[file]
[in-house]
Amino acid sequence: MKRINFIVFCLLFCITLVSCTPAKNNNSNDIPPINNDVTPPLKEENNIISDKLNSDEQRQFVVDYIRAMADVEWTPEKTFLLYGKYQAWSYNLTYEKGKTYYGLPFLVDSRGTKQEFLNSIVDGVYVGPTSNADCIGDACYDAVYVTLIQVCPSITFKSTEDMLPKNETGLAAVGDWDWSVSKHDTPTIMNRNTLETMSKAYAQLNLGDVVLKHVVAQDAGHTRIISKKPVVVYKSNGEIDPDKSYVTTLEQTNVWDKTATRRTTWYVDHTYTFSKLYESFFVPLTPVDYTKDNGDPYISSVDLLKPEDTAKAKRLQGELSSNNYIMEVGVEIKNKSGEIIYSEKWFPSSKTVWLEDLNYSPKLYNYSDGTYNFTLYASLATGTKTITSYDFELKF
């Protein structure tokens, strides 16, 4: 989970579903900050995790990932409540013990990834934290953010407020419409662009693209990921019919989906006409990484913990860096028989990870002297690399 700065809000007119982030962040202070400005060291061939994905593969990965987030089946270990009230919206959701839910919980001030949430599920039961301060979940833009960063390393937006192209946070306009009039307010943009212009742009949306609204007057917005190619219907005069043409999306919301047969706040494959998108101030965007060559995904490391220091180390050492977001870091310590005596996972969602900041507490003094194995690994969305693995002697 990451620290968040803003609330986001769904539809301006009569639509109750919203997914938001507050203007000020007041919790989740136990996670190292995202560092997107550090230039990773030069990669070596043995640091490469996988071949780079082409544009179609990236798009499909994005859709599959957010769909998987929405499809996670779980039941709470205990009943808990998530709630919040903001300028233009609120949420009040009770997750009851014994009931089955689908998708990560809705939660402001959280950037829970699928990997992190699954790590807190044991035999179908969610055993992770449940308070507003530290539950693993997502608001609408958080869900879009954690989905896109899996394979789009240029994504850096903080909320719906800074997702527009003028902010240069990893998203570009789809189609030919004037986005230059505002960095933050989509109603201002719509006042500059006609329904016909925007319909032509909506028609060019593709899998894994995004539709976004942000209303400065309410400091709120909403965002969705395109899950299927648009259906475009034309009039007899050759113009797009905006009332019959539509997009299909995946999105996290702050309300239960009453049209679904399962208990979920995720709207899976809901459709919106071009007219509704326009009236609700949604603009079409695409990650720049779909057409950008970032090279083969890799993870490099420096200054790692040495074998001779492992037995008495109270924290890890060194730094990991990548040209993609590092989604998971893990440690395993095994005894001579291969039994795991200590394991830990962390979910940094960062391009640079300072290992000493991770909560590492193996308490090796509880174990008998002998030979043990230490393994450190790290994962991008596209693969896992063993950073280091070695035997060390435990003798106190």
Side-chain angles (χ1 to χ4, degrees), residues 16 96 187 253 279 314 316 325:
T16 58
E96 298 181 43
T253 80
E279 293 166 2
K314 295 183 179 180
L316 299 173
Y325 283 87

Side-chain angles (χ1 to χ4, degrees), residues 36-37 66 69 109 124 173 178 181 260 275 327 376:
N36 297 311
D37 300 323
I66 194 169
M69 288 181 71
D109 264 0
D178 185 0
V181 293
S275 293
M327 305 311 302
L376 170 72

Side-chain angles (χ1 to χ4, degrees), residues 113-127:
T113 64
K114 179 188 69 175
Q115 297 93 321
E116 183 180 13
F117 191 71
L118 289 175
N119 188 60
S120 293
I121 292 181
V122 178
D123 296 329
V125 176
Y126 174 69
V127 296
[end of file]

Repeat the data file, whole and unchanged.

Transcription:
[in-house]
Amino acid sequence: MKRINFIVFCLLFCITLVSCTPAKNNNSNDIPPINNDVTPPLKEENNIISDKLNSDEQRQFVVDYIRAMADVEWTPEKTFLLYGKYQAWSYNLTYEKGKTYYGLPFLVDSRGTKQEFLNSIVDGVYVGPTSNADCIGDACYDAVYVTLIQVCPSITFKSTEDMLPKNETGLAAVGDWDWSVSKHDTPTIMNRNTLETMSKAYAQLNLGDVVLKHVVAQDAGHTRIISKKPVVVYKSNGEIDPDKSYVTTLEQTNVWDKTATRRTTWYVDHTYTFSKLYESFFVPLTPVDYTKDNGDPYISSVDLLKPEDTAKAKRLQGELSSNNYIMEVGVEIKNKSGEIIYSEKWFPSSKTVWLEDLNYSPKLYNYSDGTYNFTLYASLATGTKTITSYDFELKF
């Protein structure tokens, strides 16, 4: 989970579903900050995790990932409540013990990834934290953010407020419409662009693209990921019919989906006409990484913990860096028989990870002297690399 700065809000007119982030962040202070400005060291061939994905593969990965987030089946270990009230919206959701839910919980001030949430599920039961301060979940833009960063390393937006192209946070306009009039307010943009212009742009949306609204007057917005190619219907005069043409999306919301047969706040494959998108101030965007060559995904490391220091180390050492977001870091310590005596996972969602900041507490003094194995690994969305693995002697 990451620290968040803003609330986001769904539809301006009569639509109750919203997914938001507050203007000020007041919790989740136990996670190292995202560092997107550090230039990773030069990669070596043995640091490469996988071949780079082409544009179609990236798009499909994005859709599959957010769909998987929405499809996670779980039941709470205990009943808990998530709630919040903001300028233009609120949420009040009770997750009851014994009931089955689908998708990560809705939660402001959280950037829970699928990997992190699954790590807190044991035999179908969610055993992770449940308070507003530290539950693993997502608001609408958080869900879009954690989905896109899996394979789009240029994504850096903080909320719906800074997702527009003028902010240069990893998203570009789809189609030919004037986005230059505002960095933050989509109603201002719509006042500059006609329904016909925007319909032509909506028609060019593709899998894994995004539709976004942000209303400065309410400091709120909403965002969705395109899950299927648009259906475009034309009039007899050759113009797009905006009332019959539509997009299909995946999105996290702050309300239960009453049209679904399962208990979920995720709207899976809901459709919106071009007219509704326009009236609700949604603009079409695409990650720049779909057409950008970032090279083969890799993870490099420096200054790692040495074998001779492992037995008495109270924290890890060194730094990991990548040209993609590092989604998971893990440690395993095994005894001579291969039994795991200590394991830990962390979910940094960062391009640079300072290992000493991770909560590492193996308490090796509880174990008998002998030979043990230490393994450190790290994962991008596209693969896992063993950073280091070695035997060390435990003798106190």
Side-chain angles (χ1 to χ4, degrees), residues 16 96 187 253 279 314 316 325:
T16 58
E96 298 181 43
T253 80
E279 293 166 2
K314 295 183 179 180
L316 299 173
Y325 283 87

Side-chain angles (χ1 to χ4, degrees), residues 36-37 66 69 109 124 173 178 181 260 275 327 376:
N36 297 311
D37 300 323
I66 194 169
M69 288 181 71
D109 264 0
D178 185 0
V181 293
S275 293
M327 305 311 302
L376 170 72

Side-chain angles (χ1 to χ4, degrees), residues 113-127:
T113 64
K114 179 188 69 175
Q115 297 93 321
E116 183 180 13
F117 191 71
L118 289 175
N119 188 60
S120 293
I121 292 181
V122 178
D123 296 329
V125 176
Y126 174 69
V127 296